The Seattle waterfront was once an industrial center of the city, but since all maritime freight moved to the container port to the south in the 1960s, it has transformed its original piers into a hub of shopping, dining, and entertainment. Running along Elliott Bay between the neighborhoods of Pioneer Square and Belltown, there are several passages that connect the waterfront with other major Seattle attractions. If you're feeling adventurous, ascend the Pike Hill Climb stairs to the Pike Place Market or the Harbor Steps to the Seattle Art Museum.
The Seattle waterfront offers many activities for visitors. Enjoy an afternoon at the Seattle Aquarium between Piers 59 and 61 for an award-winning glimpse into the sea life within Elliott Bay and around the world. Take in the views from Waterfront Park on Pier 58. Travelers with children will enjoy Pier 57, also called the Bay Pavilion, which offers shops, Seattle waterfront restaurants, an arcade, and a twentieth-century carousel. Just north of the Seattle waterfront is Olympic Sculpture Park, celebrating art in an outdoor atmosphere. Sleep over the waters of Elliott bay at Seattle's unique over-water hotel, the Edgewater Hotel.
Shops abound all along the Seattle waterfront. Perhaps the most popular store is Ye Olde Curiosity Shop, selling unique Northwest souvenirs direct from the artists. In addition to the items on sale, Ye Olde Curiosity shop also displays, quite fittingly, curiosities. These include a mummy, shrunken human heads, a hat worn by Chief Seattle, and fetal conjoined twin calves. As a nod to Seattle's trading past, Trident Imports on Pier 56 offers shoppers items from around the world, including furniture from Asia and chocolate from Europe.
Several piers on the Seattle waterfront still operate provide great maritime resources for enhancing and expanding your visit to Seattle. If you wish to remain local, the Elliott Bay Water Taxi runs between Pier 55 and the neighborhood of West Seattle between May and October. See the Seattle skyline from the water on one of Argosy Cruise lines unique harbor tours, departing from piers 55 and 56. The Washington State Ferry Terminal, one of the largest ferry fleets in the world, uses Piers 50 and 52 to run passenger and vehicle ferry service between Seattle and neighboring ports across the Puget Sound.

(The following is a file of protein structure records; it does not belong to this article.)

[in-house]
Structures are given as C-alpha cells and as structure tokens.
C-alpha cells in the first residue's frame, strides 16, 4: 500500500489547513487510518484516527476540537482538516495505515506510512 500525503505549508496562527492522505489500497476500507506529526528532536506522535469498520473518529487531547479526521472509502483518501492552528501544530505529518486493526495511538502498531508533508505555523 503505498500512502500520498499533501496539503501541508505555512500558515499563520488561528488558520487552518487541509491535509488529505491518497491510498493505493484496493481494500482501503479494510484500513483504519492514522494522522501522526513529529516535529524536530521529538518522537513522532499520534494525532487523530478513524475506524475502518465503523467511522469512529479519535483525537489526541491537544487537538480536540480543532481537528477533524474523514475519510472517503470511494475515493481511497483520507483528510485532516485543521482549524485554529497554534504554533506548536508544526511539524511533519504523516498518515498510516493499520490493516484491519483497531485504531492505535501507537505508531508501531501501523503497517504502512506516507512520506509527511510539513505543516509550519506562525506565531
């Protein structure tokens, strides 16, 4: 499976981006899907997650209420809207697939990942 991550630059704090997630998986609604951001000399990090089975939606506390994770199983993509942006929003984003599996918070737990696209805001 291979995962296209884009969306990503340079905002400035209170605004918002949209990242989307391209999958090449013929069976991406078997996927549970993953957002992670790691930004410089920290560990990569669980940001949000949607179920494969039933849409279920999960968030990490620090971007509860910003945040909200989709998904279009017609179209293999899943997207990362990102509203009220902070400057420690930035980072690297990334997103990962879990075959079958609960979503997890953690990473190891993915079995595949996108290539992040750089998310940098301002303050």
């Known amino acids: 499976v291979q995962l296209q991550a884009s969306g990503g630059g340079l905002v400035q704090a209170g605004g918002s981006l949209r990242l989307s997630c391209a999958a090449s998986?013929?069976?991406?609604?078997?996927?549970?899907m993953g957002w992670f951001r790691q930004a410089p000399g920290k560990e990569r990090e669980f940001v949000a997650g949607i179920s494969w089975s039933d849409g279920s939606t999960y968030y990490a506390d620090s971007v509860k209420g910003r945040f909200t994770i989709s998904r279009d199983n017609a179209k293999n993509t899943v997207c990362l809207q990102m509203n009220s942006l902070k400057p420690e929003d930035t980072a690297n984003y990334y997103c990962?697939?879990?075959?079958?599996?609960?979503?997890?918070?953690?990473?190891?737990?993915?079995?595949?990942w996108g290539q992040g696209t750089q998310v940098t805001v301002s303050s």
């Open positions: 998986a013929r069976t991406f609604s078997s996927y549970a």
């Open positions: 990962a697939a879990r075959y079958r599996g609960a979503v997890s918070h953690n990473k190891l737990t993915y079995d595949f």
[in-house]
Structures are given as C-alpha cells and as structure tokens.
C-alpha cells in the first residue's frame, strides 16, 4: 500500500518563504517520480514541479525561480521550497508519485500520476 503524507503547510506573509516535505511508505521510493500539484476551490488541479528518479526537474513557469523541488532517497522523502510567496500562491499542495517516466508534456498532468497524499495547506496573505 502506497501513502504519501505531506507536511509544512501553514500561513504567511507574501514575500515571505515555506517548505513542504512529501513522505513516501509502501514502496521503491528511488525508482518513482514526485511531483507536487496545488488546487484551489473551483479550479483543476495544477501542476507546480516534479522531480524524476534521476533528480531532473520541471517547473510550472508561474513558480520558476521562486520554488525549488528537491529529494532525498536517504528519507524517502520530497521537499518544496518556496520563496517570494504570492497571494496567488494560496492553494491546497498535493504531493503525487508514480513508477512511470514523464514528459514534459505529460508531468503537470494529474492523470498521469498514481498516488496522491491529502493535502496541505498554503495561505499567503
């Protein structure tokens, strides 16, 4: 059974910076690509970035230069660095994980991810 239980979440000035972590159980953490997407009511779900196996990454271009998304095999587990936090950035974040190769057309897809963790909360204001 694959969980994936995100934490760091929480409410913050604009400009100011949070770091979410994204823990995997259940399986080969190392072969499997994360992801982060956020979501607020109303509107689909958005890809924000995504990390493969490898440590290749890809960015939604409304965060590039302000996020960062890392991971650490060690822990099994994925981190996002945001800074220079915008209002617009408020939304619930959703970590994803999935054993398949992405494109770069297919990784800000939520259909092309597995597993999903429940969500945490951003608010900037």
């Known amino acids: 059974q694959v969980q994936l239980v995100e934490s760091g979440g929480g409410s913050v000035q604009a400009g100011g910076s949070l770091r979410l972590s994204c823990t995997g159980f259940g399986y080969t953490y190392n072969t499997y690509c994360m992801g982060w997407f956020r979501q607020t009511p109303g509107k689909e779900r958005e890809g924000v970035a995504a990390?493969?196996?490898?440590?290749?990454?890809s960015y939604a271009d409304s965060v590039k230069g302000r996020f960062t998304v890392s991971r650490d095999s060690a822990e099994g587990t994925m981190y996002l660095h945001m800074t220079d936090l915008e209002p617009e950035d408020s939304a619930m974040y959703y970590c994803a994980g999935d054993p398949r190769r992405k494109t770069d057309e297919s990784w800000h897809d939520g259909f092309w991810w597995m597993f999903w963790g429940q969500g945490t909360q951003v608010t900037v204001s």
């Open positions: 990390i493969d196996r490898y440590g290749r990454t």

If you wish to travel even further, consider taking the Victoria Clipper from Pier 69. This popular nautical day trip carries travelers internationally between Seattle and Victoria, British Columbia, Canada. There are multiple passenger-only departures from Pier 69 every day. The most attention-grabbing sea vessels docking at the Seattle waterfront, however, are at the Bell Street Pier Cruise Terminal at Pier 66. During the summer season, this pier operates as a major cruise ship departure point for Norwegian, Carnival, Royal Caribbean and Celebrity Cruise lines, carrying thousands of passengers throughout Alaska and British Columbia, Canada.
Some of the best eats in the city are offered at Seattle waterfront restaurants. Experience Seattle history at Ivar's Acres of Clams restaurant on Pier 54, serving fish and chips to hungry Seattleites since 1938. Choose between a leisurely meal at the full-service restaurant or a quick bite from the fish and chips bar. Another delicious option of Seattle waterfront restaurants is Anthony's on Pier 66. Serving local seafood specialties, Anthony's also offers a choice between a full service restaurant, the more casual Anthony's Bell Street Diner or the classic Anthony's Fish bar with quick service. For fine dining options with stunning views of the bay, try The Crab Pot and The Fisherman restaurants on Pier 57 or Elliott's Oyster House on Pier 56. All three specialize in exquisitely prepared fresh and local seafood.